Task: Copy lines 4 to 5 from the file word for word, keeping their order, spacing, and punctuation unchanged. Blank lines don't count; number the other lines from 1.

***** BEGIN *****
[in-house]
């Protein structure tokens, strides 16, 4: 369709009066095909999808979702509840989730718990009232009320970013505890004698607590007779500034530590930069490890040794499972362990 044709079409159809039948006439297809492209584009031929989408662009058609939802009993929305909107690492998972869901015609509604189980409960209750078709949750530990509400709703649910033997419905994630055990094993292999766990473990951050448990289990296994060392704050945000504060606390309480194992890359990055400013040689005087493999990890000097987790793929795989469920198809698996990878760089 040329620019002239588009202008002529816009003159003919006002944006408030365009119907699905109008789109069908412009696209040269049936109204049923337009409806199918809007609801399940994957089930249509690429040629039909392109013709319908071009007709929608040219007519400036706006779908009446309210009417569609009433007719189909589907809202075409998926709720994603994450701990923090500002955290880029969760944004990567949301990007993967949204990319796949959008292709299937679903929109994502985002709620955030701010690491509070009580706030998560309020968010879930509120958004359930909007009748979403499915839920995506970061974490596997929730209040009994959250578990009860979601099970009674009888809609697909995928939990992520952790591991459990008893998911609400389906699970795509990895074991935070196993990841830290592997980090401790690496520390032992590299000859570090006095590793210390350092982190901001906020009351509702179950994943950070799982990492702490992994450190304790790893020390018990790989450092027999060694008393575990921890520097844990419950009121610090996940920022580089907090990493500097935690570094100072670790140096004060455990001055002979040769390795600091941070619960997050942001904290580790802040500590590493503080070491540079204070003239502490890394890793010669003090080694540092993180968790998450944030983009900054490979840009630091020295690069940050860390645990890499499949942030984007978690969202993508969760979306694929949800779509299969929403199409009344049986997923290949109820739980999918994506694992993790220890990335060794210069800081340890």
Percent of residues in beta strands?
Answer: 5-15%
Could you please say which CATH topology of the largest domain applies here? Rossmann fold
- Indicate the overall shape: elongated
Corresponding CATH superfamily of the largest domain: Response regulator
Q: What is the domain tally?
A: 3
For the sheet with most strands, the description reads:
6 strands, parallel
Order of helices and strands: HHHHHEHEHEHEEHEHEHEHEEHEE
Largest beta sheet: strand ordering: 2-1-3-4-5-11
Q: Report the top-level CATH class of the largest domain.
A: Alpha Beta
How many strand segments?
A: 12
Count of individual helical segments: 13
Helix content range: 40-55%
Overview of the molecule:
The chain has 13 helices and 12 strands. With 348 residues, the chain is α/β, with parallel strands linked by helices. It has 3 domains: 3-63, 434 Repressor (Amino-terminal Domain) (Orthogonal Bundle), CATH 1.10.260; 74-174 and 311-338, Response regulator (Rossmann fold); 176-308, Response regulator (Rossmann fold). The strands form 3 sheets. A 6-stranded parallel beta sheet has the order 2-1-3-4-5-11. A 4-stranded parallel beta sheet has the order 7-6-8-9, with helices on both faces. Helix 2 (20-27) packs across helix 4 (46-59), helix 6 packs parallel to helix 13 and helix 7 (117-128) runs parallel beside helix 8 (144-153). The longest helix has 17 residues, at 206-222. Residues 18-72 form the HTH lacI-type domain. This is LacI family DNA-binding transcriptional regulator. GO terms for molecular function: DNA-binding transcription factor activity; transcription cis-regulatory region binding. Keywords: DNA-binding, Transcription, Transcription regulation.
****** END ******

Answer: 5-15%
Could you please say which CATH topology of the largest domain applies here? Rossmann fold